Early Rejection Still Leads To Global Health Career

Wednesday, January 4, 2017


Kallol Mukherji with Nobel Peace Prize winner and Grameen Bank founder Muhammad Yunus.


For Kallol Mukherji, not getting hired in 2009 for a research assistant job at WDI led to a “life-changing” career in global health.

“While I did not get hired for that specific job, the interview process introduced me to the wonderful work that WDI does in providing market-based solutions in emerging economies,” said Mukherji, at the time a graduate student at the University of Michigan’s School of Public Health. “The core base of the pyramid (BoP) work was of interest to me, but what intrigued me most was the private sector-based solutions to real world challenges.”

Despite the early rejection, Mukherji stayed in touch with the Institute. When he saw a 2010 WDI summer internship opportunity with GE Healthcare that “suited my profile to a tee,” he applied and, in his words, was “second time lucky.” He got the internship and was dispatched to Bangladesh.

At the time, GE Healthcare was partnering with the Grameen Foundation to strengthen its healthcare delivery model in rural Bangladesh, with an emphasis on maternal and child health. Mukherji’s task was to create a referral network around existing Grameen health clinics, establish the process flow and define success indicators of the GE/Grameen partnership.

“This was a fantastic opportunity for me to use my public health skills along with designing a market-based solution in a fragile health system,” Mukherji said. “The opportunity to work with a team led by a Nobel laureate (Grameen Bank founder Muhammad Yunus) was an equally good incentive, too.”

Mukherji said the WDI internship was “life changing,” and he was thrilled to travel to Bangladesh for the first time and visit the country where his grandfather had been born 100 years earlier. While he had previous public health work experience, the domain and environment the internship provided was unique, he said.

“Working with multiple variabilities of a mixed health system and catering to the needs of a very diverse pool of stakeholders was an exciting experience for me,” Mukherji said. “Getting exposed to cutting-edge technologies that GE brought to the table and finding their suitability in resource-constrained settings with support of a passionate team from Grameen was an exhilarating experience. The project brought to the fore the value of collaboration and how each stakeholder’s strength could be used for the benefit of common good.”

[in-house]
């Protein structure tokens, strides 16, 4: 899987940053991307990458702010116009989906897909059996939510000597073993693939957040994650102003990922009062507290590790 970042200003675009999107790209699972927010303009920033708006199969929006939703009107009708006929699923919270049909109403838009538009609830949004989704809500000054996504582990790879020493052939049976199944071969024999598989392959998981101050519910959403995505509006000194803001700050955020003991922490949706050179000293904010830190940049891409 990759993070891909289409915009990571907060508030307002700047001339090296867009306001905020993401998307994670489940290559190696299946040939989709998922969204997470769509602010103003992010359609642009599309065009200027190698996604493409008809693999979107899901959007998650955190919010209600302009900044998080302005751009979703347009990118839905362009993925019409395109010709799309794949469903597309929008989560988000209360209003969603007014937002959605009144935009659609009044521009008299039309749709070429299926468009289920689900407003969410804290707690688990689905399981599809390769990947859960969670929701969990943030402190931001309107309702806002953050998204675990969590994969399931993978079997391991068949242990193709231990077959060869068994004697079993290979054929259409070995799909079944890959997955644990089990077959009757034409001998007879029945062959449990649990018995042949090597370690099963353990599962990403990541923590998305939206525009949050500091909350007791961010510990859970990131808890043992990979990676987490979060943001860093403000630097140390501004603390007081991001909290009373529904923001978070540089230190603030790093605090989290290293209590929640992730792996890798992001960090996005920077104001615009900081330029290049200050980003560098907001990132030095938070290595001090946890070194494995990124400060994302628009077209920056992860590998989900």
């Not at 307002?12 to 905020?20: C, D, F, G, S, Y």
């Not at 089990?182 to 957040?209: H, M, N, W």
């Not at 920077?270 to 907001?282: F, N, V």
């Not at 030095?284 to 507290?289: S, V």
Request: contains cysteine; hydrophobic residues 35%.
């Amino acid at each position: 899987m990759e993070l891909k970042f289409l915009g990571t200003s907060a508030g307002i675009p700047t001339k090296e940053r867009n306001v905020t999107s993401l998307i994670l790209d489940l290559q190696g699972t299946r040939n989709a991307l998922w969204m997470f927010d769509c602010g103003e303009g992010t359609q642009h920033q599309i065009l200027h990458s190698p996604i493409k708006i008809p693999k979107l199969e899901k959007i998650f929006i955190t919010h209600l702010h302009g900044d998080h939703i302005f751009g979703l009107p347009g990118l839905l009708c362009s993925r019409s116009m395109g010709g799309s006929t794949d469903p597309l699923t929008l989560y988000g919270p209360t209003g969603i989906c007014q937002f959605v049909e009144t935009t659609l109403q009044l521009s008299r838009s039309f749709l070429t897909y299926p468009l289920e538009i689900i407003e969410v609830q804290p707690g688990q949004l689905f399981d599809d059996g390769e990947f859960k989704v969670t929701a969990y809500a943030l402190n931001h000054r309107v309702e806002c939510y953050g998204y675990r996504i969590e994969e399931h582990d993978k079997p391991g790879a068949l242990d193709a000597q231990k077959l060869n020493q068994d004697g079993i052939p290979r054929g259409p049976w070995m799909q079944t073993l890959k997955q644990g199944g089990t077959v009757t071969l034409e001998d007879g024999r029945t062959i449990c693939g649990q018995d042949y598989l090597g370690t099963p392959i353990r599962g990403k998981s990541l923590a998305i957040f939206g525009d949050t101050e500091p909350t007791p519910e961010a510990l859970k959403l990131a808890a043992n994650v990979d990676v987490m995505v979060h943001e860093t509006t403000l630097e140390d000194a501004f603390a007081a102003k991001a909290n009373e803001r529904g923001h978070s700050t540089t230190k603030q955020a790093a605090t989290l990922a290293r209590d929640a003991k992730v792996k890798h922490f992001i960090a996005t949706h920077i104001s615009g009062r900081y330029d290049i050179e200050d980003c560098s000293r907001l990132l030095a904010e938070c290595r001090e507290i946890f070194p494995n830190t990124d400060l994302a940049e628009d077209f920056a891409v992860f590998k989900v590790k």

His summer of work impressed GE Healthcare and Mukherji was offered a full-time job when he graduated. He worked on the company’s Healthymagination initiative for nearly five years on three different continents.

“Without the WDI opportunity, a lot of this would have been very difficult to make happen,” he said. “The internship was, in many ways, a turning point in my career, and it nudged me to look for market-based solutions in resource-constrained settings irrespective of the complexity of the challenges.”

Mukherji currently is based in Washington, D.C. and is the senior manager of Integrated Service Delivery for Population Services International (PSI), a global health network of more than 50 local organizations focused on issues such as family planning, HIV and AIDS, barriers to maternal health, and the biggest challenges to children under five, including malaria, diarrhea, pneumonia and malnutrition. He says his work connects well with his duties as a WDI intern.

“My primary goal is to align our service delivery model in developing countries to ensure quality healthcare services for the BoP population,” he said. “Delivering healthcare services to over 9 million clients per year and ensuring continuity of care in a mixed health system are two areas I feel passionate about and am thankful to PSI for providing an opportunity to positively impact such a diverse population.”

Mukherji’s goal as a graduate student was to work globally, and to date, he’s worked in 13 countries.

“The WDI internship not just cemented that desire but also taught me a completely new approach in solving developmental challenges in emerging markets,” he said. “The role of the private sector as a market enabler to solve real world challenges would most probably have been left out from my possible solution basket for developmental good had I not been part of the WDI internship.”

He said to this day he continues to draw inspiration for his current work at PSI from his WDI internship and work with GE Healthcare.

It surely did provide me the confidence to be able to face public health challenges head-on,” he said. “Had it not been for the internship experience, it surely would have been difficult for a public health enthusiast from Asia to lead an innovative health initiative in Africa as part of a large multinational healthcare company with its headquarters in the U.S.”

Note: This is one in an ongoing series of articles profiling past WDI interns and Multidisciplinary Action Project (MAP) team members and their career paths. Additional profiles in the series may be found here.

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